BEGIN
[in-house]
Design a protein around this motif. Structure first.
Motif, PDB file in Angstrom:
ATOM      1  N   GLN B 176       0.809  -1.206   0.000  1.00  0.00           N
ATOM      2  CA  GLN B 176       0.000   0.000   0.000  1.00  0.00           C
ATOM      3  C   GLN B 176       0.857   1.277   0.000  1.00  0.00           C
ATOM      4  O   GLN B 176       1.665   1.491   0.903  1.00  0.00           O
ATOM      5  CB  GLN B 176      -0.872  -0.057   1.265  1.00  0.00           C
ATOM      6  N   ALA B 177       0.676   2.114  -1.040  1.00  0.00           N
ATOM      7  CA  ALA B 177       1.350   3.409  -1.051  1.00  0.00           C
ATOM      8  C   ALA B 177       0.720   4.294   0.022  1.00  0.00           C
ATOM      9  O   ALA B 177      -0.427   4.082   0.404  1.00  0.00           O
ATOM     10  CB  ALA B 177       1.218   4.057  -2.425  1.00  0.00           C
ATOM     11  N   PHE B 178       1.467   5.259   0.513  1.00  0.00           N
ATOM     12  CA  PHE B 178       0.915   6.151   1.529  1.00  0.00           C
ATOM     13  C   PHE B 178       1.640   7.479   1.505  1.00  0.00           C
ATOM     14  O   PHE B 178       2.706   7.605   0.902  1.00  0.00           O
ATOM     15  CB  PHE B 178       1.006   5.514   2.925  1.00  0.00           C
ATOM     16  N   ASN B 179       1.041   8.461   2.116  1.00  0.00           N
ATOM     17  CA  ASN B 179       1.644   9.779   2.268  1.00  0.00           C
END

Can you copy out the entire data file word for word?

[in-house]
Design a protein around this motif. Structure first.
Motif, PDB file in Angstrom:
ATOM      1  N   GLN B 176       0.809  -1.206   0.000  1.00  0.00           N
ATOM      2  CA  GLN B 176       0.000   0.000   0.000  1.00  0.00           C
ATOM      3  C   GLN B 176       0.857   1.277   0.000  1.00  0.00           C
ATOM      4  O   GLN B 176       1.665   1.491   0.903  1.00  0.00           O
ATOM      5  CB  GLN B 176      -0.872  -0.057   1.265  1.00  0.00           C
ATOM      6  N   ALA B 177       0.676   2.114  -1.040  1.00  0.00           N
ATOM      7  CA  ALA B 177       1.350   3.409  -1.051  1.00  0.00           C
ATOM      8  C   ALA B 177       0.720   4.294   0.022  1.00  0.00           C
ATOM      9  O   ALA B 177      -0.427   4.082   0.404  1.00  0.00           O
ATOM     10  CB  ALA B 177       1.218   4.057  -2.425  1.00  0.00           C
ATOM     11  N   PHE B 178       1.467   5.259   0.513  1.00  0.00           N
ATOM     12  CA  PHE B 178       0.915   6.151   1.529  1.00  0.00           C
ATOM     13  C   PHE B 178       1.640   7.479   1.505  1.00  0.00           C
ATOM     14  O   PHE B 178       2.706   7.605   0.902  1.00  0.00           O
ATOM     15  CB  PHE B 178       1.006   5.514   2.925  1.00  0.00           C
ATOM     16  N   ASN B 179       1.041   8.461   2.116  1.00  0.00           N
ATOM     17  CA  ASN B 179       1.644   9.779   2.268  1.00  0.00           C